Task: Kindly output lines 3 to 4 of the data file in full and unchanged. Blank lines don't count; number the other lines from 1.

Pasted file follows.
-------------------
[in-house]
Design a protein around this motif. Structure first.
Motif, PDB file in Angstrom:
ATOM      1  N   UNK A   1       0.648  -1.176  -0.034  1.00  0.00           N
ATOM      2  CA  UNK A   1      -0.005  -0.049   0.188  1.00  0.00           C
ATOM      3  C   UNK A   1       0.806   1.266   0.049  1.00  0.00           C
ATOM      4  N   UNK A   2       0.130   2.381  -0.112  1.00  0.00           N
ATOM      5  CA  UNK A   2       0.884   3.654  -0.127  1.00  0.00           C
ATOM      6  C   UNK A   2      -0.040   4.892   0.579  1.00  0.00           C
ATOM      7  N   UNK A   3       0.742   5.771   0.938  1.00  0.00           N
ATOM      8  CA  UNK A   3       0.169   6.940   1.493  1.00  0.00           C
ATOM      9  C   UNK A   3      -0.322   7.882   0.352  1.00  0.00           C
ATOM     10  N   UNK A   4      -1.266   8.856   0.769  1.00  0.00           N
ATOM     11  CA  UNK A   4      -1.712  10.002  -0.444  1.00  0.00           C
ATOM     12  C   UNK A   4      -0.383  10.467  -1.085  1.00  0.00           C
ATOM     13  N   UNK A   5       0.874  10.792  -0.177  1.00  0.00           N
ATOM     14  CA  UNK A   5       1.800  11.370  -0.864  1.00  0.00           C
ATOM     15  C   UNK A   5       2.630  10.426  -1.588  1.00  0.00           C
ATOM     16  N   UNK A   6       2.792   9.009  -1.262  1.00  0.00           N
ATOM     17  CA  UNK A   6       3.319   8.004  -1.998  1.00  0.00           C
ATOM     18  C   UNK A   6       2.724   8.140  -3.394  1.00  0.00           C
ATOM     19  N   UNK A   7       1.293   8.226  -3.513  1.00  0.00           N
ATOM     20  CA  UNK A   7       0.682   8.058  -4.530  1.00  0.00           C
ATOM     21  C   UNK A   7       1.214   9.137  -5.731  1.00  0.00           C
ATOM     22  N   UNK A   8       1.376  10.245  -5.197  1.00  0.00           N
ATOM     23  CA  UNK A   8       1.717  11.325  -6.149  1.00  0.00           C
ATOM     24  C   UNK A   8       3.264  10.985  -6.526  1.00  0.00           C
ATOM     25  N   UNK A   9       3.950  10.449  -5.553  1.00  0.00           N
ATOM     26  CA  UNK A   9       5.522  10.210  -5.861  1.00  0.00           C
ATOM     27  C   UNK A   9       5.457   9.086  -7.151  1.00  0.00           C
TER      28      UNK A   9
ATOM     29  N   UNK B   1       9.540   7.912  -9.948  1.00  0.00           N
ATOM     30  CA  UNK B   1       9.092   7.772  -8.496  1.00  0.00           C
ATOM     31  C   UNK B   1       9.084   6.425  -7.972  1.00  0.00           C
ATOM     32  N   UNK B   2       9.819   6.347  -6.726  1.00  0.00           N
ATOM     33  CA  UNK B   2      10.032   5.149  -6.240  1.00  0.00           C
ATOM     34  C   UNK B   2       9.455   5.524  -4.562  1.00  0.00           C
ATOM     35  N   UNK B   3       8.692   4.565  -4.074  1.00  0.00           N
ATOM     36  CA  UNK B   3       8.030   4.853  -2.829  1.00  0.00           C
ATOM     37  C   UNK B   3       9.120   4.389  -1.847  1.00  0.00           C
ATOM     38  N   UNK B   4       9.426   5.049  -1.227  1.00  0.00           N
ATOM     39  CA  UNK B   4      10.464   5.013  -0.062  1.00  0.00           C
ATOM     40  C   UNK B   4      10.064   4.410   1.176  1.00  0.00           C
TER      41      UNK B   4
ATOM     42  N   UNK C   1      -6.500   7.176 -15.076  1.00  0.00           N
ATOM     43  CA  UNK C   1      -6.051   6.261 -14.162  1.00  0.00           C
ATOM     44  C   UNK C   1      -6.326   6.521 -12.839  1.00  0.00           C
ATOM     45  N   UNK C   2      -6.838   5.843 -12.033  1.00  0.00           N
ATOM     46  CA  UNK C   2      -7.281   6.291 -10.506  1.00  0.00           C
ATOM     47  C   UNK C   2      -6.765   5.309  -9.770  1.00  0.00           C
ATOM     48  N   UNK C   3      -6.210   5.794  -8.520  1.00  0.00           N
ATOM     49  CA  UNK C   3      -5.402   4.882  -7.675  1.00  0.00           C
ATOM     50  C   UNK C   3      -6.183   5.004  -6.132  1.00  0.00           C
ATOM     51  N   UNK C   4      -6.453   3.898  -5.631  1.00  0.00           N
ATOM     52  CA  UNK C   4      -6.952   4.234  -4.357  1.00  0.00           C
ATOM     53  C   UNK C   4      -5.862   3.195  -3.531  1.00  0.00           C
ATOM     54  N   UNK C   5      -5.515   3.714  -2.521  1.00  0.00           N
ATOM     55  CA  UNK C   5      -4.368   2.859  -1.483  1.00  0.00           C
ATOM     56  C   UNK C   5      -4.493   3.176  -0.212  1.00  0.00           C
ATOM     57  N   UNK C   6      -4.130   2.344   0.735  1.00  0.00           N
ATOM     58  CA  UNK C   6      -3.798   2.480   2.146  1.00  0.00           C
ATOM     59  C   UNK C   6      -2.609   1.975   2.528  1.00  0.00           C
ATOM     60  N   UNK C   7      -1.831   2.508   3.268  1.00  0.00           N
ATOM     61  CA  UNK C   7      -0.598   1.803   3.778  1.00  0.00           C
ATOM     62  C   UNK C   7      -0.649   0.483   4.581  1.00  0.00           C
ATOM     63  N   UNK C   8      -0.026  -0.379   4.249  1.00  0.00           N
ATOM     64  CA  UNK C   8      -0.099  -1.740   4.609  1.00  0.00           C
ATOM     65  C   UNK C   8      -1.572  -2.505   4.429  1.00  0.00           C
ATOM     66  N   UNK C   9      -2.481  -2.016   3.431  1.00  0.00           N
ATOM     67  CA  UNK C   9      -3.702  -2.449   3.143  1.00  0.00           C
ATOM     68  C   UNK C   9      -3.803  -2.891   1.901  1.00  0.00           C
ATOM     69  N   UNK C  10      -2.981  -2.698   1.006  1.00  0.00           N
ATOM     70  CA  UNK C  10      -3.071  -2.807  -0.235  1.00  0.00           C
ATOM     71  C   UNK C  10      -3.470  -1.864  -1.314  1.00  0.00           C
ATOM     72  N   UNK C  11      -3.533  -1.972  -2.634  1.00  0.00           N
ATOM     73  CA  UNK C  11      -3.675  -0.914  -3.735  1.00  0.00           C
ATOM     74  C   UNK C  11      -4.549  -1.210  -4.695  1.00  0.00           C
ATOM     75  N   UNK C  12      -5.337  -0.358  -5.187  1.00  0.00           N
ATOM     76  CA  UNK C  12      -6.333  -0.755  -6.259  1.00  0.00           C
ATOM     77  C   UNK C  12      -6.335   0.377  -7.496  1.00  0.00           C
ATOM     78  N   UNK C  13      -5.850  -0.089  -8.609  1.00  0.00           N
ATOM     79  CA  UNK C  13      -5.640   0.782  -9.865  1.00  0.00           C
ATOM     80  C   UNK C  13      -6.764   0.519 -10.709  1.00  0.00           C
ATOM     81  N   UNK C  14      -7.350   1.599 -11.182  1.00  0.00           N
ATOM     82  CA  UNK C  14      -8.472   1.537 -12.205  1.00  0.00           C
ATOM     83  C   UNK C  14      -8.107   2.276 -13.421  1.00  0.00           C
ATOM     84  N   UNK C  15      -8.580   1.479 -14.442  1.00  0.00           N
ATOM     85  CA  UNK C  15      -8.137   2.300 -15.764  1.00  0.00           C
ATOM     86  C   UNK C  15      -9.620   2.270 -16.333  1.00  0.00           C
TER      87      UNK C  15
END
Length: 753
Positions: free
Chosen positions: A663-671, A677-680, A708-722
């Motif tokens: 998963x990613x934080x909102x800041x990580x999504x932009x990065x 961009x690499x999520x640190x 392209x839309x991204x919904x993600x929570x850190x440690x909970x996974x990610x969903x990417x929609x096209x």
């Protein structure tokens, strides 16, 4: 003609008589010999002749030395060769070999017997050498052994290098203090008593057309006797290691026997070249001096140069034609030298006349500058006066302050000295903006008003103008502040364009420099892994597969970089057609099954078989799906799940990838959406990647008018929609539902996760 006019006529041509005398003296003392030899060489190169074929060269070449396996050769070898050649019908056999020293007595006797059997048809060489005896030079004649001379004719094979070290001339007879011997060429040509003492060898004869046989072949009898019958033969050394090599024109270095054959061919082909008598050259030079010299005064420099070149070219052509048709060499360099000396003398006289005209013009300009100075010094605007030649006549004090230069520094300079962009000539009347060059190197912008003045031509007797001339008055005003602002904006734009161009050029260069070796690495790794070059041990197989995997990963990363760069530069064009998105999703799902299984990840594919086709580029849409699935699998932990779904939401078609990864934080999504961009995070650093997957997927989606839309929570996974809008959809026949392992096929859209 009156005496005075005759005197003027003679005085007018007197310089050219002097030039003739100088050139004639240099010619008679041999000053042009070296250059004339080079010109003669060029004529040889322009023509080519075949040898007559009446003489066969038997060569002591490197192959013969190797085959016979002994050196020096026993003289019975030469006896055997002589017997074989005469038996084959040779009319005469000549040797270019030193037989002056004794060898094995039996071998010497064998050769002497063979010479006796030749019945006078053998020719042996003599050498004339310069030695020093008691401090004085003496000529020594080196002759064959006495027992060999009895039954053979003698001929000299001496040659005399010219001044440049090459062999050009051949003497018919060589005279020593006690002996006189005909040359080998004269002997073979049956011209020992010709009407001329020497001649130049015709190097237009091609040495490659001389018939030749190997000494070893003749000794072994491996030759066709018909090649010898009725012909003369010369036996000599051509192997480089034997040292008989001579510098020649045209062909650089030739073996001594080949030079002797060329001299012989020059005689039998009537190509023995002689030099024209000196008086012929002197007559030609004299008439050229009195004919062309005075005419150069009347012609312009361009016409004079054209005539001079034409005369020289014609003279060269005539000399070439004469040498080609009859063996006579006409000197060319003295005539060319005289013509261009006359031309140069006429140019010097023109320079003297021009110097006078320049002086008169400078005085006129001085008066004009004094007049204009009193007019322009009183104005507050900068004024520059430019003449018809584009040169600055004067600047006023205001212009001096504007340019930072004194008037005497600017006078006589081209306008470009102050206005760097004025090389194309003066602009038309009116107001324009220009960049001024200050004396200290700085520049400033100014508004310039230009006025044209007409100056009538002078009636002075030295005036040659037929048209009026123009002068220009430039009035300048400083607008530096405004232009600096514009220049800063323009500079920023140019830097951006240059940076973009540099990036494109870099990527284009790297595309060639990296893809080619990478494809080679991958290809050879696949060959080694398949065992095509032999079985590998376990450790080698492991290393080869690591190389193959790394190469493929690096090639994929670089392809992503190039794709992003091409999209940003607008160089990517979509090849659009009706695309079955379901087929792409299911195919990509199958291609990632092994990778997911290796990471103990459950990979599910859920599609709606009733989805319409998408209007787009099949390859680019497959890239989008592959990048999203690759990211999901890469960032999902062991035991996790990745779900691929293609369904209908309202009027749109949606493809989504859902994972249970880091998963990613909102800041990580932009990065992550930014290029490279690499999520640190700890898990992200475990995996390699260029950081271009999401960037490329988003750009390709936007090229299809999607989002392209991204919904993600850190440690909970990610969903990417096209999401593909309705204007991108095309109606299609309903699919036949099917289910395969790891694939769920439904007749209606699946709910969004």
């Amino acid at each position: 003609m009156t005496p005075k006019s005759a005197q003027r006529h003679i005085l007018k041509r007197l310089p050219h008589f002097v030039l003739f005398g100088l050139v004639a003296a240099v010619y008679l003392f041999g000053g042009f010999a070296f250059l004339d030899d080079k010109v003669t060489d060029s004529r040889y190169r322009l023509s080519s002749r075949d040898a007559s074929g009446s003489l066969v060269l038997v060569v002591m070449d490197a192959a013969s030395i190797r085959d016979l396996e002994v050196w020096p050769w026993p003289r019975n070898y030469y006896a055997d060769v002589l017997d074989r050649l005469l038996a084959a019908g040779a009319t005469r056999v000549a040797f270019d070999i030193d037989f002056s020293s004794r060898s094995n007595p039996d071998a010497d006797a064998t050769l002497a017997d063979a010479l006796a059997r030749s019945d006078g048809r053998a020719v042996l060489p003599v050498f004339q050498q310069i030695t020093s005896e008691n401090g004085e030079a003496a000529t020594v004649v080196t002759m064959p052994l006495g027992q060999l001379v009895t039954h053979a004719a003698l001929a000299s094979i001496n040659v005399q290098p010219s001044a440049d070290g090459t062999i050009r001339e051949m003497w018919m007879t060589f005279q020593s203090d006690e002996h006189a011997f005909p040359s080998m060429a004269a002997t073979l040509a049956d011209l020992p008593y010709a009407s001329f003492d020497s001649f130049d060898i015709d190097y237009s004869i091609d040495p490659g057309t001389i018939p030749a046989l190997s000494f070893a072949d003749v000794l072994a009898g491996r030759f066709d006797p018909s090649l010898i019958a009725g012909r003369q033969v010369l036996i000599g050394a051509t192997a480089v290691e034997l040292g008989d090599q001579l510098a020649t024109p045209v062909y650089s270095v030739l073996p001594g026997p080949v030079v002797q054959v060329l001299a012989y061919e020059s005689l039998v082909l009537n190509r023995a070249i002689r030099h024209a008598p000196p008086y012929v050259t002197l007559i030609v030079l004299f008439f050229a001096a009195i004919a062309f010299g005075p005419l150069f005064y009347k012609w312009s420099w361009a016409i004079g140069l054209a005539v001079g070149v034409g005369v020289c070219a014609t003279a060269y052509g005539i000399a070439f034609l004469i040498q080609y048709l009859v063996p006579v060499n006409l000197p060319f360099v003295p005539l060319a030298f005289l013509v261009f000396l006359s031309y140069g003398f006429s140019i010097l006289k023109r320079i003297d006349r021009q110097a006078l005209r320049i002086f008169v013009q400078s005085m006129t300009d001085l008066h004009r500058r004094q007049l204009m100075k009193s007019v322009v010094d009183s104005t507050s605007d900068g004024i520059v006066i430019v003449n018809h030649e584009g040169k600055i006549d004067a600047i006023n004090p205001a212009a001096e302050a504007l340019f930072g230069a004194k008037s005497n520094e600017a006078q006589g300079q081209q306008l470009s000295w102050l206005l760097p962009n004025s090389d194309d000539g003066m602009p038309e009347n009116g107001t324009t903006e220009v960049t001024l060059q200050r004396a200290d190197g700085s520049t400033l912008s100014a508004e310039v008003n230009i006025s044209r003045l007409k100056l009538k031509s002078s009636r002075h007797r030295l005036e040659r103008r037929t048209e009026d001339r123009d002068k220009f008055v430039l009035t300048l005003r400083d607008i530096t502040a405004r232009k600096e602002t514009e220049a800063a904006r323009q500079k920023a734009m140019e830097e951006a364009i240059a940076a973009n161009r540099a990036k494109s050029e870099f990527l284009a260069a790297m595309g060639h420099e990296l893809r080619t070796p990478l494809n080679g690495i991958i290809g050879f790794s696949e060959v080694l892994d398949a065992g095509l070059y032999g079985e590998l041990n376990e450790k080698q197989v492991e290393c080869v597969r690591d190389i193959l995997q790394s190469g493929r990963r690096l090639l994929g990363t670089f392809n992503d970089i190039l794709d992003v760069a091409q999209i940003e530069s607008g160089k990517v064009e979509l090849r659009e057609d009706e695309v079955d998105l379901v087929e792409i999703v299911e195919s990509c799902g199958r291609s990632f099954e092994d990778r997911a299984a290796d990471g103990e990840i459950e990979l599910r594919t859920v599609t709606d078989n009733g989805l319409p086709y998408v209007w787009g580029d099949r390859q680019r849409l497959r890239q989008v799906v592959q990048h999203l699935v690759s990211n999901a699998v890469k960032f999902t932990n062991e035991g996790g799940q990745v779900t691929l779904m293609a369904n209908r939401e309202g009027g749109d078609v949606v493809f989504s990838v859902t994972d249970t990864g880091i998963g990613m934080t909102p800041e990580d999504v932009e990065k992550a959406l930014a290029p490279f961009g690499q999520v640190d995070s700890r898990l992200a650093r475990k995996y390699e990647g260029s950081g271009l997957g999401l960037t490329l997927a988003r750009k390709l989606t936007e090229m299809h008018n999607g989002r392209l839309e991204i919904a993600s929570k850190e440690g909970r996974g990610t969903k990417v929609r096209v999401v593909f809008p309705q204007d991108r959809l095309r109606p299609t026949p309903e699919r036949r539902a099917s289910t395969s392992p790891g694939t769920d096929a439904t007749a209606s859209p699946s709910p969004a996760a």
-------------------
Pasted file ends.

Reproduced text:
Motif, PDB file in Angstrom:
ATOM      1  N   UNK A   1       0.648  -1.176  -0.034  1.00  0.00           N